Speaking of Gandhi II, this serves as a nice segway to UHF: The Original Motion Picture Soundtrack and Other Stuff, because the audio of the trailer is featured on the album. It's one of two non-songs on the album, the other being a commercial for Spatula City Fittingly, they are two of the funnier bits in the movie, with the Gandhi II trailer making me laugh as much as anything. It doesn't work as well without the site of Gandhi beating people up, but oh well.

There's some other stuff from the movie on the album. Admittedly, one of them is a 0:16 second song called "Let Me Be Your Hog" in the style of Iggy Pop's "Let Me Be Your Dog." In the movie, it just exists as background music and is a toss off. There's also an instrumental that's the theme song to "Stanley Spadowski's Clubhouse," the popular kids show in the movie. Lastly, there's "UHF," which is the theme song to the movie, and also a mediocre song that goes on for too long and doesn't really have much to it.

The other song on the album from the movie, the one that doesn't fit in the category of "Other Stuff" is "Money for Nothing/Beverly Hillbillies." It is one of the more unusual Weird Al songs. Not because the subject matter is odd or what have you. That's actually quite common for Weird Al. It's unusual because it's basically just a mashup. It's, in essence, merely the music of Dire Straits' "Money for Nothing" with the lyrics of the Beverly Hillbillies' theme song, only with the works tweaked ever so slightly. That's quite straightforward. Granted, it thematically makes sense in terms of the story of Beverly Hillbillies, but still, Weird Al isn't Girl Talk, you know?

Now, for the stuff not from UHF. Say, why don't I start with the parody song about food? On this album, that would be "Spam," which is to the tune of R.E.M.'s "Stand." Spam is an oft hit comedic target, as any Monty Python fan can tell you. Al is just singing about Spam, that strange salty ham-like product, but the lyrics are fairly funny and well done, and "Stand" gives him a nice tune to put the song to. "Isle Thing" is a parody of Tone Loc's "Wild Thing," which is Weird Al's first rap song parody. It's about watching Gilligan's Island. A Tone Loc send up may not have been the best option for Al's first rap parody. Or it may have been, because Loc isn't a terribly strong rapper. Also, he's another musician who has been in movies. Remember Surf Ninjas? Anyway, Al's rapping to this particular beat doesn't really work, and the song isn't all that funny either. It's a bit of a miss.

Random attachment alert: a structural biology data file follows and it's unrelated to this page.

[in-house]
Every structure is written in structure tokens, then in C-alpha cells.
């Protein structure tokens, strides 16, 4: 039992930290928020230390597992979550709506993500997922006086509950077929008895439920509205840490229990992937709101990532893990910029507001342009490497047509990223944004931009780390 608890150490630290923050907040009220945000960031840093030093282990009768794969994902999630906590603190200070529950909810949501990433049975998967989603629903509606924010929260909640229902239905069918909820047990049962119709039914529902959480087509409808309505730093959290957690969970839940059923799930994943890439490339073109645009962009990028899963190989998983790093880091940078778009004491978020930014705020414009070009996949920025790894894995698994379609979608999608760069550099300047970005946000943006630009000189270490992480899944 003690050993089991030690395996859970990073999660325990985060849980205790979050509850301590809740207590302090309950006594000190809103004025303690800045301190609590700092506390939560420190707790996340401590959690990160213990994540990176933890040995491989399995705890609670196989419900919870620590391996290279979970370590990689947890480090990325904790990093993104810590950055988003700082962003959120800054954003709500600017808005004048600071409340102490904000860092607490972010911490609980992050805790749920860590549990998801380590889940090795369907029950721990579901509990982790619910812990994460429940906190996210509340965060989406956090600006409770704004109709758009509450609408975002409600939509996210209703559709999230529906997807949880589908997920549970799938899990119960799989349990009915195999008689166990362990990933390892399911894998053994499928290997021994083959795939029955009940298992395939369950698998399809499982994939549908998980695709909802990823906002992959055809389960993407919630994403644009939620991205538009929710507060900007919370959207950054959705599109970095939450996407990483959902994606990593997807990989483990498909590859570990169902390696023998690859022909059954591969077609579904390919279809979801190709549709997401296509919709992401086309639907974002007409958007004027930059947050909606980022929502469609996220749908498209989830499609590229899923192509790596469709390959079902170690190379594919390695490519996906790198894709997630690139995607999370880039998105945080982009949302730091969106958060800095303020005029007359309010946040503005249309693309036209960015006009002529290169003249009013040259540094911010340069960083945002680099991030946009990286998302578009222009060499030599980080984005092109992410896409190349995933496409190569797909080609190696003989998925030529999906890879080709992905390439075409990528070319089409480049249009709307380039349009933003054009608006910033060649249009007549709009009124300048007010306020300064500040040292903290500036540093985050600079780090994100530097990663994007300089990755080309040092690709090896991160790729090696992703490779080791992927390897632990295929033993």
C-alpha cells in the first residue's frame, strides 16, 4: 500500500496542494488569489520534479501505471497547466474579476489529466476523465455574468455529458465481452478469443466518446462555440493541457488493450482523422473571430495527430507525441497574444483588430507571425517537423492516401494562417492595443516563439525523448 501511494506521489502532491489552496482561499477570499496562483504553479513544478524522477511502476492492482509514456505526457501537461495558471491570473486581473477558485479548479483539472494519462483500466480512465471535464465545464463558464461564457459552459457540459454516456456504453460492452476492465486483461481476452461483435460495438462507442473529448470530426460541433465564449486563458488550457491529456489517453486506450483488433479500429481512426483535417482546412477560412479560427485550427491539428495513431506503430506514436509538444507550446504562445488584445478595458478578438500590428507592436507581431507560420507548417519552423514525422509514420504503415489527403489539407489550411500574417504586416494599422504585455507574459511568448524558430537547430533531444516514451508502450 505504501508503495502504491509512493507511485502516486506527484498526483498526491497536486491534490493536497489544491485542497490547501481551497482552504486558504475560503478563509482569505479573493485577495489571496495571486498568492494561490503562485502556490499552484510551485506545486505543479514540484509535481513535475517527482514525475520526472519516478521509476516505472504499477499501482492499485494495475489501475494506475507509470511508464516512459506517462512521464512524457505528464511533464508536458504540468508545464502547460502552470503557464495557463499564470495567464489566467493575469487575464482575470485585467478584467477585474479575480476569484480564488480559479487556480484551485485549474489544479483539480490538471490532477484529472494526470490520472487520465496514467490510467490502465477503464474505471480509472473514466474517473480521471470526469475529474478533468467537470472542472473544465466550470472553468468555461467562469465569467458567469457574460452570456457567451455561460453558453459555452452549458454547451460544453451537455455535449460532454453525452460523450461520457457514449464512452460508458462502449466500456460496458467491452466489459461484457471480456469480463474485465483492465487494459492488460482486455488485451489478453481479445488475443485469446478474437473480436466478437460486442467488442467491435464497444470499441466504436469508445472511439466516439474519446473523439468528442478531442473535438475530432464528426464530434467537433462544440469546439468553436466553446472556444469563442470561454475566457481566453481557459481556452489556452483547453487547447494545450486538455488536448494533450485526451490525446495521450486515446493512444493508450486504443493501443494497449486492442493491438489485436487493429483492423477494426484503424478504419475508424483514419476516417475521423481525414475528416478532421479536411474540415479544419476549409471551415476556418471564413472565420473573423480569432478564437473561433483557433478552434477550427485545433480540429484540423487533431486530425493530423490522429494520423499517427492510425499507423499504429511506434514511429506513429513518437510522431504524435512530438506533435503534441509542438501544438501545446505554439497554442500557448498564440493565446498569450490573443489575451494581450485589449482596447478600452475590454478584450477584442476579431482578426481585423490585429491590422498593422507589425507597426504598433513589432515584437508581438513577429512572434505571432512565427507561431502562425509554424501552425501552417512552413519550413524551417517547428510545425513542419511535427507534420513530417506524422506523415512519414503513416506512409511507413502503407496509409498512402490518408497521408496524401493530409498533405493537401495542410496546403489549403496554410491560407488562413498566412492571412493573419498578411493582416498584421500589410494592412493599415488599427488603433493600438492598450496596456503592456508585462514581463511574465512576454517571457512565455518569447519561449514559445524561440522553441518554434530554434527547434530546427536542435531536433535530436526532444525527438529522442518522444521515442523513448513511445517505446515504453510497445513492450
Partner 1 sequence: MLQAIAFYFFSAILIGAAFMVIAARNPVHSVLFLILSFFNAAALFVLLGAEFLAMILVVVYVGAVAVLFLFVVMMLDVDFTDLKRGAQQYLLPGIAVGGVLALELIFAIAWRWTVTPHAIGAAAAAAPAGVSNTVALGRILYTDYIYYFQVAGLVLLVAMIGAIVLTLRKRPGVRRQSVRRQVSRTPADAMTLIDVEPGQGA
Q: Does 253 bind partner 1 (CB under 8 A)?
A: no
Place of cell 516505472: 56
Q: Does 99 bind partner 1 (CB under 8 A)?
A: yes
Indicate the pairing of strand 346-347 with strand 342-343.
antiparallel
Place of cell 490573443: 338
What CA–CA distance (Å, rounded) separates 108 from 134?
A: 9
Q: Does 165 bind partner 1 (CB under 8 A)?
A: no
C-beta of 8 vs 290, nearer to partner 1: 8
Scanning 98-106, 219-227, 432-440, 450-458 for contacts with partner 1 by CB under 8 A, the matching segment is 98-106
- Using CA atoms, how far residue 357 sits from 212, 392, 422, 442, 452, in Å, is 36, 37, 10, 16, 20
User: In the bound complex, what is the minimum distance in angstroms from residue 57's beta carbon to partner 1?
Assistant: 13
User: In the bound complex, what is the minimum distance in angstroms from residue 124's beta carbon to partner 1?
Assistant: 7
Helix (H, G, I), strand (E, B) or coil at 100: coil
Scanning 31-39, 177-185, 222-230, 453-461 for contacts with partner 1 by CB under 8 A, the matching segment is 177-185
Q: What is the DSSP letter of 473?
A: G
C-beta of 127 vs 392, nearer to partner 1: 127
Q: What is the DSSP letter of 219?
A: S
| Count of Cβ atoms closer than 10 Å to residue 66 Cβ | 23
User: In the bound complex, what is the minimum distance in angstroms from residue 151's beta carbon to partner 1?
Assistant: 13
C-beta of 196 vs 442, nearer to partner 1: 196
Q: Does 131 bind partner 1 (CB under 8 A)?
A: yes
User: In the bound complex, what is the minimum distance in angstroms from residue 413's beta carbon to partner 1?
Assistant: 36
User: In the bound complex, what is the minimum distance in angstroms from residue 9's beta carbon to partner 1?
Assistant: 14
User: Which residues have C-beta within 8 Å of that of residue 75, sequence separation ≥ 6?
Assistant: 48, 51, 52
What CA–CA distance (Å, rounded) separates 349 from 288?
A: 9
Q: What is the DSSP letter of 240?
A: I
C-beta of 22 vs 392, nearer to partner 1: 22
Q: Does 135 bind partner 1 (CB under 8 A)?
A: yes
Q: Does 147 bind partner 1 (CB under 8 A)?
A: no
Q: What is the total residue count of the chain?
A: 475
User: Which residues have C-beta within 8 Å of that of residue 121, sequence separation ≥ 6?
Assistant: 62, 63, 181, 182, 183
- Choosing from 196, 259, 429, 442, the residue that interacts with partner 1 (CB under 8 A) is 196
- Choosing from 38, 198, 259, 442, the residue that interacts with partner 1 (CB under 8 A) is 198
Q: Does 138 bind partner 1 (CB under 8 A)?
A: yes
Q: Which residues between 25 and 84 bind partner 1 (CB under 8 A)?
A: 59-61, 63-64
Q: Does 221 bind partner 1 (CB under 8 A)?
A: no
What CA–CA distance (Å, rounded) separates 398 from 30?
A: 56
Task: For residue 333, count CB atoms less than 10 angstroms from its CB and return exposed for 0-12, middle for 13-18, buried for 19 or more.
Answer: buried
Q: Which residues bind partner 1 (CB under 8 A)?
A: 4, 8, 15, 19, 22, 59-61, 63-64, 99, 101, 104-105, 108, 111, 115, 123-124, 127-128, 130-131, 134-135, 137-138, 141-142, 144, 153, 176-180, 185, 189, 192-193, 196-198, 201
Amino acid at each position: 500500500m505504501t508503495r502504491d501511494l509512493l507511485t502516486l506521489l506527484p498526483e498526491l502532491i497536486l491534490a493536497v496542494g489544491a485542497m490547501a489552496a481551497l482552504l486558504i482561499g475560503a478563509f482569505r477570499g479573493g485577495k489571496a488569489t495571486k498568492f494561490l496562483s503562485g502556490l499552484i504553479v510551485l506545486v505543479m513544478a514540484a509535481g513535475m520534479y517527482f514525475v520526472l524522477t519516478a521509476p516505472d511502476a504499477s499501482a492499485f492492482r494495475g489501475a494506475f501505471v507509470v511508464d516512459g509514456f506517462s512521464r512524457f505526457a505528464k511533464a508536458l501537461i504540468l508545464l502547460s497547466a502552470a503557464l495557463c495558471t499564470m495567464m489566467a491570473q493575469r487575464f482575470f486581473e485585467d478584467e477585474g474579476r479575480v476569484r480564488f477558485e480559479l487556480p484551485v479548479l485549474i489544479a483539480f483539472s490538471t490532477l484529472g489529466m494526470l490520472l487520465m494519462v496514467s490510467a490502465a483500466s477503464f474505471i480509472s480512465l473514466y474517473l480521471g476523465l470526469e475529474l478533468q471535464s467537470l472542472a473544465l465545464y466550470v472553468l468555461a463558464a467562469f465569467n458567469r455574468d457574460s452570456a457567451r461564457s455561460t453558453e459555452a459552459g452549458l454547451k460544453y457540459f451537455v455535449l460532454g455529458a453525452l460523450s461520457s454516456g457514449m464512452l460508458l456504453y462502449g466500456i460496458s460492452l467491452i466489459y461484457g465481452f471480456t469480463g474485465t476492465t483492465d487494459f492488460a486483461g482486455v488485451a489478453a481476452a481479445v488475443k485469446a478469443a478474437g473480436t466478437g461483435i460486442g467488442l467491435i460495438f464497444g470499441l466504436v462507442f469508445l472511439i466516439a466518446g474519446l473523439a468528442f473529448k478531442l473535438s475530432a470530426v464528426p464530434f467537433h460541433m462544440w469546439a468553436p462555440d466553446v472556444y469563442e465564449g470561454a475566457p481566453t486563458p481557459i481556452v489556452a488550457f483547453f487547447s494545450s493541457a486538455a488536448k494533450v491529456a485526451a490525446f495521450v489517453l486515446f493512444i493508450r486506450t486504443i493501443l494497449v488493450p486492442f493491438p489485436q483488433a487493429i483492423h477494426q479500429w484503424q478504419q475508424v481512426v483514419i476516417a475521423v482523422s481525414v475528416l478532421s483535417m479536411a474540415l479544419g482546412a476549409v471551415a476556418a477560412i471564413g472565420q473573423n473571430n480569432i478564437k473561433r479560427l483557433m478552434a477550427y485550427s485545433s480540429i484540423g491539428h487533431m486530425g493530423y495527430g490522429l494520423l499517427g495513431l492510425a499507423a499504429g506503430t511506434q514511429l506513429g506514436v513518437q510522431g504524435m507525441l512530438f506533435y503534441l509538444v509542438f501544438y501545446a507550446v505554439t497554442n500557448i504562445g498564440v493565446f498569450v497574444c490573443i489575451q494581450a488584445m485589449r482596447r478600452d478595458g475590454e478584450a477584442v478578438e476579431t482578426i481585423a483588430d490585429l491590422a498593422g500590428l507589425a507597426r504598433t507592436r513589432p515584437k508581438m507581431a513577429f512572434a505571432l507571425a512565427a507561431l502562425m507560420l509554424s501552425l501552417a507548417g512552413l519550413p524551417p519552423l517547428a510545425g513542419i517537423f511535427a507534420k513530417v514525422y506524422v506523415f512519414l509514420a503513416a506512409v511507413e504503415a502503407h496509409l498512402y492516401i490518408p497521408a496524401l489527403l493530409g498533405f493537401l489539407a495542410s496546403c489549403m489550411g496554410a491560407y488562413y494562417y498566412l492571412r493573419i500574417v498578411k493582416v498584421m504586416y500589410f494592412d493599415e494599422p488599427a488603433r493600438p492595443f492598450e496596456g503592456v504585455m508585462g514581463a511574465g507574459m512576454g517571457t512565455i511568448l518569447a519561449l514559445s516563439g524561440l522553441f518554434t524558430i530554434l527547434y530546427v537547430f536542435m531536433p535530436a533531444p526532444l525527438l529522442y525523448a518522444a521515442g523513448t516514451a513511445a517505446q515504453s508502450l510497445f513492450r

The only other song parody is "She Drives Like Crazy," obviously a parody of Fine Young Cannibals "She Drives Me Crazy." Musically, this is the most successful parody. Also, the lyrics are kind of funny, and it's an original concept for Weird Al, as it is a song about a woman who drives awfully and dangerously. The lyrics I could gather were fairly funny, but some of the words were a little hard to hear, which was a sound mixing issue it would seem. Overall, not the strongest collection of parody songs on this album. However, having said that, this was just a soundtrack to a movie. Maybe more of the effort went to making UHF. Maybe they just needed to pad out the album so they could release it. I don't know.